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Ability Expo unites services and people

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They came in wheels, with dogs and on foot to see dancers, sword-fighters and experts.

Visitors flowed in steadily, mostly in wheelchairs, to join the city’s first Annual Ability Expo, hosted by the Greater Kansas City Spinal Cord Injury Association . Call if part festival, part conference, part networking. Joan McMahon called it a success.

“This has really been good,” McMahon, RN, CRRN, MSA, board member, the Greater Kansas City Spinal Cord Injury Association. “I’m so pleased. I think we’ve just had great interaction with people in the community.”

McMahon was one of six founders to launch the local Spinal Cord Injury chapter several years ago. She has worked with patients with spinal cord injuries for more than a decade at the University of Kansas Spinal Cord Program and saw a need to bring local resources, services and peer support to individuals with spinal cord injury, their families and professionals in the field. From the start of the organization, she had an expo in mind.

“It was my dream,” she said. “We just have not had a expo in Kansas City. It was the thing I wanted to do most.”

The association held the expo at Sylvester Powell Community Center in Mission, Kan., on Oct. 22. More than 30 exhibitors presented information on adaptive sports, housing, services and equipment. Among the exhibitors were 180 Medical, MidAmerica Rehabilitation Hospital, The Wheelchair Standing Company, Allergan, Canine Companions, Pride Mobility, SnowCreek/Midwest Adapted Sports and The Whole Person.

“This one is exceptional,” said Bonnie Hilburn, quality assurance manager, Paralyzed Veterans of America (PVA). “This one is for everybody — spinal cord people, advocates, medical suppliers.”

Hilburn has advocated for veterans with spinal injuries for 25 years, navigating them through wheelchair options, adaptive housing and securing benefits. Hilburn got the word out at her exhibit at the expo.

“Let people know who PVA is,” she said. “We’re letting them know about research and development.”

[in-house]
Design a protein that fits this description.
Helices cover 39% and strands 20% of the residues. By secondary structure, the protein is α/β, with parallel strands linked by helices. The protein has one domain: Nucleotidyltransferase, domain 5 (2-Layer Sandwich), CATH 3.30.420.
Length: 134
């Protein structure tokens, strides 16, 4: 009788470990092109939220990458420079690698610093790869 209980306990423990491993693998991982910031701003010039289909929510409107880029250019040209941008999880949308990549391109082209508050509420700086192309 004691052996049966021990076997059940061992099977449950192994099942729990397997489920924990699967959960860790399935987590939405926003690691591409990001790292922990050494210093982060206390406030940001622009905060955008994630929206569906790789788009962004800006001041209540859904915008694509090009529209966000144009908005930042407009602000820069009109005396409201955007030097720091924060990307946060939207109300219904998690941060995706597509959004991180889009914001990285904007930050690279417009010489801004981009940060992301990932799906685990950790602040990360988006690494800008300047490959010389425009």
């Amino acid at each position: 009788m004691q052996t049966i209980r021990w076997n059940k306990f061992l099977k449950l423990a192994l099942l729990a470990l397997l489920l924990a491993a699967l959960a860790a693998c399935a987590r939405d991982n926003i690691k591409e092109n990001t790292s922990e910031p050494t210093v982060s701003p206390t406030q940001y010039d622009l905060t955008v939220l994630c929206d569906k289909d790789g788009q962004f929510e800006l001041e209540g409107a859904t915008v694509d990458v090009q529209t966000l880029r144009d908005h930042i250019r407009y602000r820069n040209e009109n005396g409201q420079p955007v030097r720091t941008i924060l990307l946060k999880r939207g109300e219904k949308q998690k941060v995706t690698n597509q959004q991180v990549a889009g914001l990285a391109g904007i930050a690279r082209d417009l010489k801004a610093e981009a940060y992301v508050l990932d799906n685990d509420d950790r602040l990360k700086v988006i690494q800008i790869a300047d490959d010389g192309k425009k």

Groovability demonstrated wheelchair Zumba and ballroom dancing. Fencers from Kansas City Fencing Center showed how to sword fight in wheelchairs locked in place.

Canine Companions for Independence demonstrated the usefulness of service dogs.

“I’m glad they had it here,” Kevin Beach, of Lenexa, Kan., said. “It (fencing) has a lot of movement and blade work.”

Beach, a former athlete, said he shoots a lot of pool. He was willing to try his hand at fencing, but said he would leave dancing to others.

“I’m enjoying this,” Beach said.

Another Greater Kansas City Spinal Cord Injury Association founder and board member, Adam Lane said he was thrilled with the traffic at their first annual event.

“It really felt like what I wanted to accomplish,” he said. “That’s our whole goal.”

Madison Cannon, of Lee’s Summit, Mo., attended the expo to help with practical matters.

She spoke with representatives from a home renovation company.

“I need a shower that is accessible for me,” she said. “That would be awesome.”

Cannon, 19, said she became an incomplete quadriplegic after a car accident two years ago. She travels by wheelchair, but has some use of her arms and hands. She is proud she can wiggle her toes and feel the wind on her legs, she said.

“Yeah, it sucks that I’m in a chair,” Cannon said. “But life goes on. I’m still the same old Maddy.”

Cannon said she wanted to solve the problem of people of staring at her in a wheelchair.

She needed an ice breaker. One night she told her best friend she planned to bedazzle people with her chair. Then they spent hours gluing rhinestones on the machine’s frame.

“I know they’re going to stare,” she said. “I might as well give them something to stare at.”

Linda Friedel

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